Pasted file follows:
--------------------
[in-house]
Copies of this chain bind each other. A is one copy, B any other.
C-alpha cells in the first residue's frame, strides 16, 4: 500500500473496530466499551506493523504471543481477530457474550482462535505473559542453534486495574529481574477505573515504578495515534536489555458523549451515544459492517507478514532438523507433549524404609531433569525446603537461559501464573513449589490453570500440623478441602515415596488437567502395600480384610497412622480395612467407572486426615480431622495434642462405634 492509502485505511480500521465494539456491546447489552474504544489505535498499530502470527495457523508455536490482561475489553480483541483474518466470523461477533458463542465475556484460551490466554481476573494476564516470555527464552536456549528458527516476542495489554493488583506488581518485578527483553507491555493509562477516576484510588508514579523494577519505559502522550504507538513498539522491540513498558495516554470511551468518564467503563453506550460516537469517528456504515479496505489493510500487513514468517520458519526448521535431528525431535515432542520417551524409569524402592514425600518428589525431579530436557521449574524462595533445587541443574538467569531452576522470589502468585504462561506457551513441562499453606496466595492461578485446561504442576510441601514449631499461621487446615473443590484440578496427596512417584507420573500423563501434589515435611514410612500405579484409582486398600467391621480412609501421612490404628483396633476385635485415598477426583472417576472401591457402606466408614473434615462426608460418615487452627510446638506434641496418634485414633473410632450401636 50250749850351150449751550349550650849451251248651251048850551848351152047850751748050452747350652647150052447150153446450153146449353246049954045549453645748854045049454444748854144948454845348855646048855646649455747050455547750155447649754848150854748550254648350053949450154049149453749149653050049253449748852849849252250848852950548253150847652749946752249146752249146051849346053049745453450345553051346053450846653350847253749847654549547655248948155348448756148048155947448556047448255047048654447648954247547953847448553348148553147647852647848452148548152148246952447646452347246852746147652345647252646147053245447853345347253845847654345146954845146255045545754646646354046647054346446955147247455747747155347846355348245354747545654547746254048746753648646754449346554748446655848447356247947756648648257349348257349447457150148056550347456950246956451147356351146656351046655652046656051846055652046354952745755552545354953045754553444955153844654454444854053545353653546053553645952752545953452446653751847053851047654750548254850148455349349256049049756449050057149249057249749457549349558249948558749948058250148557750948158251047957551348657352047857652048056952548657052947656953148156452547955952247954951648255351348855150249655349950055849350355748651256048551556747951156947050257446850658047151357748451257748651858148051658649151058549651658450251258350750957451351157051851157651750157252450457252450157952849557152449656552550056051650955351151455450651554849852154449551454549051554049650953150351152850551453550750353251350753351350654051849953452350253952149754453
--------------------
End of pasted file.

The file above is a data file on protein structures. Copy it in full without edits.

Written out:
[in-house]
Copies of this chain bind each other. A is one copy, B any other.
C-alpha cells in the first residue's frame, strides 16, 4: 500500500473496530466499551506493523504471543481477530457474550482462535505473559542453534486495574529481574477505573515504578495515534536489555458523549451515544459492517507478514532438523507433549524404609531433569525446603537461559501464573513449589490453570500440623478441602515415596488437567502395600480384610497412622480395612467407572486426615480431622495434642462405634 492509502485505511480500521465494539456491546447489552474504544489505535498499530502470527495457523508455536490482561475489553480483541483474518466470523461477533458463542465475556484460551490466554481476573494476564516470555527464552536456549528458527516476542495489554493488583506488581518485578527483553507491555493509562477516576484510588508514579523494577519505559502522550504507538513498539522491540513498558495516554470511551468518564467503563453506550460516537469517528456504515479496505489493510500487513514468517520458519526448521535431528525431535515432542520417551524409569524402592514425600518428589525431579530436557521449574524462595533445587541443574538467569531452576522470589502468585504462561506457551513441562499453606496466595492461578485446561504442576510441601514449631499461621487446615473443590484440578496427596512417584507420573500423563501434589515435611514410612500405579484409582486398600467391621480412609501421612490404628483396633476385635485415598477426583472417576472401591457402606466408614473434615462426608460418615487452627510446638506434641496418634485414633473410632450401636 50250749850351150449751550349550650849451251248651251048850551848351152047850751748050452747350652647150052447150153446450153146449353246049954045549453645748854045049454444748854144948454845348855646048855646649455747050455547750155447649754848150854748550254648350053949450154049149453749149653050049253449748852849849252250848852950548253150847652749946752249146752249146051849346053049745453450345553051346053450846653350847253749847654549547655248948155348448756148048155947448556047448255047048654447648954247547953847448553348148553147647852647848452148548152148246952447646452347246852746147652345647252646147053245447853345347253845847654345146954845146255045545754646646354046647054346446955147247455747747155347846355348245354747545654547746254048746753648646754449346554748446655848447356247947756648648257349348257349447457150148056550347456950246956451147356351146656351046655652046656051846055652046354952745755552545354953045754553444955153844654454444854053545353653546053553645952752545953452446653751847053851047654750548254850148455349349256049049756449050057149249057249749457549349558249948558749948058250148557750948158251047957551348657352047857652048056952548657052947656953148156452547955952247954951648255351348855150249655349950055849350355748651256048551556747951156947050257446850658047151357748451257748651858148051658649151058549651658450251258350750957451351157051851157651750157252450457252450157952849557152449656552550056051650955351151455450651554849852154449551454549051554049650953150351152850551453550750353251350753351350654051849953452350253952149754453